Most folks don’t especially love exercise. I definitely count myself as “most folks”. It’s not that I intrinsically dislike exercise; it’s more that I loathe routine and repetitive workouts. Hiking unexplored trails is grand but walking exactly 1 hour a day to burn off those calories I shouldn’t have eaten in the first place is a lot less fulfilling. The whole ritual is more akin to the daily commute than a rewarding jaunt in the great outdoors.
Brimming with such enthusiasm, it’s only natural that more often than not I’d opt to stay indoors and watch Columbo on Netflix rather than suffer through another lap around the neighborhood.
Then I adopted a dog. Walter loves walks. He never ever gets bored of them. He doesn’t even seem to mind that we pass the same mundane landmarks, meet the same neighbor dogs, and encounter the same series of pee encrusted bushes every single day.
So we walk, and we walk every single day without fail. It’s been good for both of us, although Walter is the one having all the fun. I suppose I’m pleased that my jeans fit better…
I started to wonder why he remained so entertained and I continued to be so utterly bored. Then it dawned on me that I’d been looking at it all the wrong way.
Walter doesn’t view our daily walk as a chore. There isn’t anything remotely dull about it. Even the routine is exciting. He seemed to relish every detail, even beyond the doggy hobbies of patrolling territory and marking it accordingly. The wind carries an endless cacophony of industrial and natural sounds; terrifying delivery trucks, wheezing mufflers, deliciously out of reach birds, distant dog barks, and rustling leaves. Then there are the smells; wretched exhaust, freshly cut grass, decaying leaf litter, backyard BBQs, and moist top soil. Lastly and most important (to human eyes at least) are the sights: swaying tree branches, the dizzying array of particles that makeup every inch of dirt and cement, clouds creeping across the sky, and the warmth filled transformation of every color as the sun dips below the horizon. To Walter the daily walk is a kaleidoscope of bite sized experiences that are always unique and never uninteresting.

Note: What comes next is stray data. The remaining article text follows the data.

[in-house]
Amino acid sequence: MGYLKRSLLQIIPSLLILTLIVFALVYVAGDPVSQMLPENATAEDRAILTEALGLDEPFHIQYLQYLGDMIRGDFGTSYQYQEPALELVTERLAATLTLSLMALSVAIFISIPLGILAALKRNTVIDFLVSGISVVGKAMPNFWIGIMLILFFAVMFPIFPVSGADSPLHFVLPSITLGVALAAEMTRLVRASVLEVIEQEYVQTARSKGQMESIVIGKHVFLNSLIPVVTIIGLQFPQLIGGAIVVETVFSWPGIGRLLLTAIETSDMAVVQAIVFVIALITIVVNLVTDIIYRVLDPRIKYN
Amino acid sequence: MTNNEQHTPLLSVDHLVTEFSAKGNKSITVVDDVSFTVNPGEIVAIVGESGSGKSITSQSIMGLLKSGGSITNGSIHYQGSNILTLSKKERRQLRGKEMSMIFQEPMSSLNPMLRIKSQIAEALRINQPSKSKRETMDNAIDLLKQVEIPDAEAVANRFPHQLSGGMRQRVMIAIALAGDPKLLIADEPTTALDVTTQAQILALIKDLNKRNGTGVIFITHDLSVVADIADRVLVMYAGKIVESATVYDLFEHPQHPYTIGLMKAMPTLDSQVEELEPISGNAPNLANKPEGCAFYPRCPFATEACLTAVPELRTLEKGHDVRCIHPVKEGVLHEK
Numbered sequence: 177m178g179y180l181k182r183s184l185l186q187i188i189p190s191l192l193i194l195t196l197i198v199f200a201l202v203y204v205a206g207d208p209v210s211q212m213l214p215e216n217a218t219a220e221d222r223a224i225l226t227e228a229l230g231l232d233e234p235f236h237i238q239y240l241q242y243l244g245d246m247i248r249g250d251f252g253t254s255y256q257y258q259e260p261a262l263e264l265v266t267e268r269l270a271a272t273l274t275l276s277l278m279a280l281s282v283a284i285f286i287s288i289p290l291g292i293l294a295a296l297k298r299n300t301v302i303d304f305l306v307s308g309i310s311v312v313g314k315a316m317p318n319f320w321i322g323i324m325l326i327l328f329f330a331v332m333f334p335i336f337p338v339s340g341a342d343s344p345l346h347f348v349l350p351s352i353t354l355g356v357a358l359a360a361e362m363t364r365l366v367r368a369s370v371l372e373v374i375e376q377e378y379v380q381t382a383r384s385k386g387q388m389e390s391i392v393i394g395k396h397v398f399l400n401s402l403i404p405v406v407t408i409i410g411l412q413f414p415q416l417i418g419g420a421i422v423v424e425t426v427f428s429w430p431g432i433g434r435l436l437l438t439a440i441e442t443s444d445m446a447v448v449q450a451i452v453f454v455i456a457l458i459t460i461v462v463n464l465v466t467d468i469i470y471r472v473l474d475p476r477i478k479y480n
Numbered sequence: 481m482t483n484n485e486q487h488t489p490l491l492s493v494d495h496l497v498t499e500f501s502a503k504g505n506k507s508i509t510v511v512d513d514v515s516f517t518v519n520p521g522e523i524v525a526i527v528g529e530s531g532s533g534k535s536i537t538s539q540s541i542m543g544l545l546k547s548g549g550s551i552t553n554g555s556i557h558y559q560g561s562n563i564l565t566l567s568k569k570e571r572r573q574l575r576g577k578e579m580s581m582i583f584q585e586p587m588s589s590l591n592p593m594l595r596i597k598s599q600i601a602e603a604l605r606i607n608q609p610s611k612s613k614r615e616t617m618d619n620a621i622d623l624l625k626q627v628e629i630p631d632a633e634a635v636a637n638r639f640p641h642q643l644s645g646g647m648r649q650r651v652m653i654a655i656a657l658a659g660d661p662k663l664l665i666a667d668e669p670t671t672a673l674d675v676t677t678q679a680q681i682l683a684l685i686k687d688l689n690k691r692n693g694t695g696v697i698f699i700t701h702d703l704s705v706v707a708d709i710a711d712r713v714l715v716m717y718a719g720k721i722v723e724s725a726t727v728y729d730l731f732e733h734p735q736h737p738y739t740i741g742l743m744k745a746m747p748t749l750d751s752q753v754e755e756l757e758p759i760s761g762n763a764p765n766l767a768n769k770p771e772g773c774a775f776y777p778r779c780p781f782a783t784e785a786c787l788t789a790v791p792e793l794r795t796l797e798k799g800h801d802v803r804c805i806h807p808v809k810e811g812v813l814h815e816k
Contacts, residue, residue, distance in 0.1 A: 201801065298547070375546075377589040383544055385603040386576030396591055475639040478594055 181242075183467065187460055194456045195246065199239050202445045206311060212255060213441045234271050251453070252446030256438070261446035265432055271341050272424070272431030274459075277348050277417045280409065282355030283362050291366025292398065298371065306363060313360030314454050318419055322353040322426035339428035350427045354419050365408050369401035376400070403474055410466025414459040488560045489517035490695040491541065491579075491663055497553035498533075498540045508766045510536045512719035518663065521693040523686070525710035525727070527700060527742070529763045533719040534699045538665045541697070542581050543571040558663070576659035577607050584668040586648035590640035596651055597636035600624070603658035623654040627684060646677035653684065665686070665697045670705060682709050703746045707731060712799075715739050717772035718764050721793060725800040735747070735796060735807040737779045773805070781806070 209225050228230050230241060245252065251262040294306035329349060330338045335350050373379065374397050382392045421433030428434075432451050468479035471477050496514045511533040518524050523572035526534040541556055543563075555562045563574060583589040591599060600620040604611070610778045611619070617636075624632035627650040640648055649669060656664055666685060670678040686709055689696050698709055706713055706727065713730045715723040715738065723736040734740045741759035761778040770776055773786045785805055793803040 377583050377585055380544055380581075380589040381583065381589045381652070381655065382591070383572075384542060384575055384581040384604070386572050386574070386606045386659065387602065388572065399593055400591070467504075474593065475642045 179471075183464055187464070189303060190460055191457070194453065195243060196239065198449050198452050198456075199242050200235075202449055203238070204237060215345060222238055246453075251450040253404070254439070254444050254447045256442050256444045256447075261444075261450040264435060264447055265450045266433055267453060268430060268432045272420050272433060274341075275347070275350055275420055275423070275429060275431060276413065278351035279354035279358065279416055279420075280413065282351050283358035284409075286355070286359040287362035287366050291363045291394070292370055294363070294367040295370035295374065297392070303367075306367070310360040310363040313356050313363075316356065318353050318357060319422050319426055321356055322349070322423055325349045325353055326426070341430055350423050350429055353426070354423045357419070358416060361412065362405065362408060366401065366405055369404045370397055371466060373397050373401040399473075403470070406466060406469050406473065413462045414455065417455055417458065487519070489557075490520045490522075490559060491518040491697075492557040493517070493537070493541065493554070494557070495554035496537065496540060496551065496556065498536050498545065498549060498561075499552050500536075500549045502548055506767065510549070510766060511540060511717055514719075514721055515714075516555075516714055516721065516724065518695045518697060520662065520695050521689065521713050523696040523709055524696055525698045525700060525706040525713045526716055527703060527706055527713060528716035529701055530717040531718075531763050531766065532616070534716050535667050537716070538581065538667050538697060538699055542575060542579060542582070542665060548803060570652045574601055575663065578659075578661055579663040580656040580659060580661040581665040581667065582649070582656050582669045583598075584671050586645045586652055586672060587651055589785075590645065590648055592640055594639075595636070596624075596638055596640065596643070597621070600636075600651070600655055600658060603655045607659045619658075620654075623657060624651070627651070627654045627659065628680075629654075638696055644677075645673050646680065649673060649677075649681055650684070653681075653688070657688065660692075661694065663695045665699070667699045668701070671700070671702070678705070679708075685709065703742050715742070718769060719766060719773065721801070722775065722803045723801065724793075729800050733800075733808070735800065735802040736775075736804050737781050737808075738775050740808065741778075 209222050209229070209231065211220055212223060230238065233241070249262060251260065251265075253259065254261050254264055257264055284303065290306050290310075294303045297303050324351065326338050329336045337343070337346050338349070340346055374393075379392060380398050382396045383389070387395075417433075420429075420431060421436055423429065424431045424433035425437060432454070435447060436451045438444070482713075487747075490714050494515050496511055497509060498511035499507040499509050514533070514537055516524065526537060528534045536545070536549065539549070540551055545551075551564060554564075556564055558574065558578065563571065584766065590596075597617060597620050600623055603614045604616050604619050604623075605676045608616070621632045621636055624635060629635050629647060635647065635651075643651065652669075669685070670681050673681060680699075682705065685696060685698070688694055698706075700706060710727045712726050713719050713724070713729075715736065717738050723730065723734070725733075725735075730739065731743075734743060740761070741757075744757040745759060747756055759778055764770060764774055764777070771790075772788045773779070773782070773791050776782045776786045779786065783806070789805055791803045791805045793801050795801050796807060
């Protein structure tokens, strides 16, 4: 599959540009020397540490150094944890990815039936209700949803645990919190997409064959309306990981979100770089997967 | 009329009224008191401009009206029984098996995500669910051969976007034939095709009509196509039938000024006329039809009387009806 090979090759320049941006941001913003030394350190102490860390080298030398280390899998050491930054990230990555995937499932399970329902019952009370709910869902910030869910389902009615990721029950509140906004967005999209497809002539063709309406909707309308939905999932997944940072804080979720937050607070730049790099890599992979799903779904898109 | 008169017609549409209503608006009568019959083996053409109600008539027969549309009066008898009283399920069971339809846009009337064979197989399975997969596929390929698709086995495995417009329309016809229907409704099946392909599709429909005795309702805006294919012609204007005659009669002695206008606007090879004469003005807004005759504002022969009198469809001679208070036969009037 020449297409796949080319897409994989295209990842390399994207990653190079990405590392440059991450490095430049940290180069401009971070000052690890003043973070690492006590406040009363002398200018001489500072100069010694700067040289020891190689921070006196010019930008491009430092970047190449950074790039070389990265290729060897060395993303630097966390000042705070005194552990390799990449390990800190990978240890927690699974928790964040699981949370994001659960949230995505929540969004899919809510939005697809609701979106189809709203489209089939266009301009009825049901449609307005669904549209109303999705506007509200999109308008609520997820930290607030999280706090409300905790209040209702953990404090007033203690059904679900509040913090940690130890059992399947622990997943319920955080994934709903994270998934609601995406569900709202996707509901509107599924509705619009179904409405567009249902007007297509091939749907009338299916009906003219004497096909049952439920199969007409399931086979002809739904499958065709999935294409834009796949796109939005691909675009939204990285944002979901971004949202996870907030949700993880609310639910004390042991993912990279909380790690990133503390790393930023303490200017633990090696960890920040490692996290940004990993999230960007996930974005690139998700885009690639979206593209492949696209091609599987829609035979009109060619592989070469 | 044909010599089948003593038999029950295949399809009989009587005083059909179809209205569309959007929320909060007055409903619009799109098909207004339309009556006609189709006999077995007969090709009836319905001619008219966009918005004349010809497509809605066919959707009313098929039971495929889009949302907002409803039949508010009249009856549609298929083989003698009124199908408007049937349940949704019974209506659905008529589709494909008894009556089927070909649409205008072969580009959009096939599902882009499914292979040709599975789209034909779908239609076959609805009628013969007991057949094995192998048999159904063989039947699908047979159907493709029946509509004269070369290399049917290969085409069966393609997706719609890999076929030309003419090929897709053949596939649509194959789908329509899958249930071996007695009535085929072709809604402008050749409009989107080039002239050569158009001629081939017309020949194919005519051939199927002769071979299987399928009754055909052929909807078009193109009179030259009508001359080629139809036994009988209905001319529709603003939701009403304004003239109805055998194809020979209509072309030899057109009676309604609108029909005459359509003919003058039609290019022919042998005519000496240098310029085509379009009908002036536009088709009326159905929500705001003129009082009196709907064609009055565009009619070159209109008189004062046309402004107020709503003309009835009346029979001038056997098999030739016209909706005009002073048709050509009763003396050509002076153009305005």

Somehow I’d been missing all of the above and viewing the neighborhood as a static backdrop for my daily routine. I’d forgotten how radically the mix of the world changes from moment to moment. Walter would never forget or ignore such important details. He relishes the present and I think he’s onto something. I’ve decided to stop and smell the roses as well (I’ll leave the sniffing of certain things to Walter). That tiny shift in perspective has made every day quite a bit richer. At the very least it’s made me appreciate our walks a whole lot more.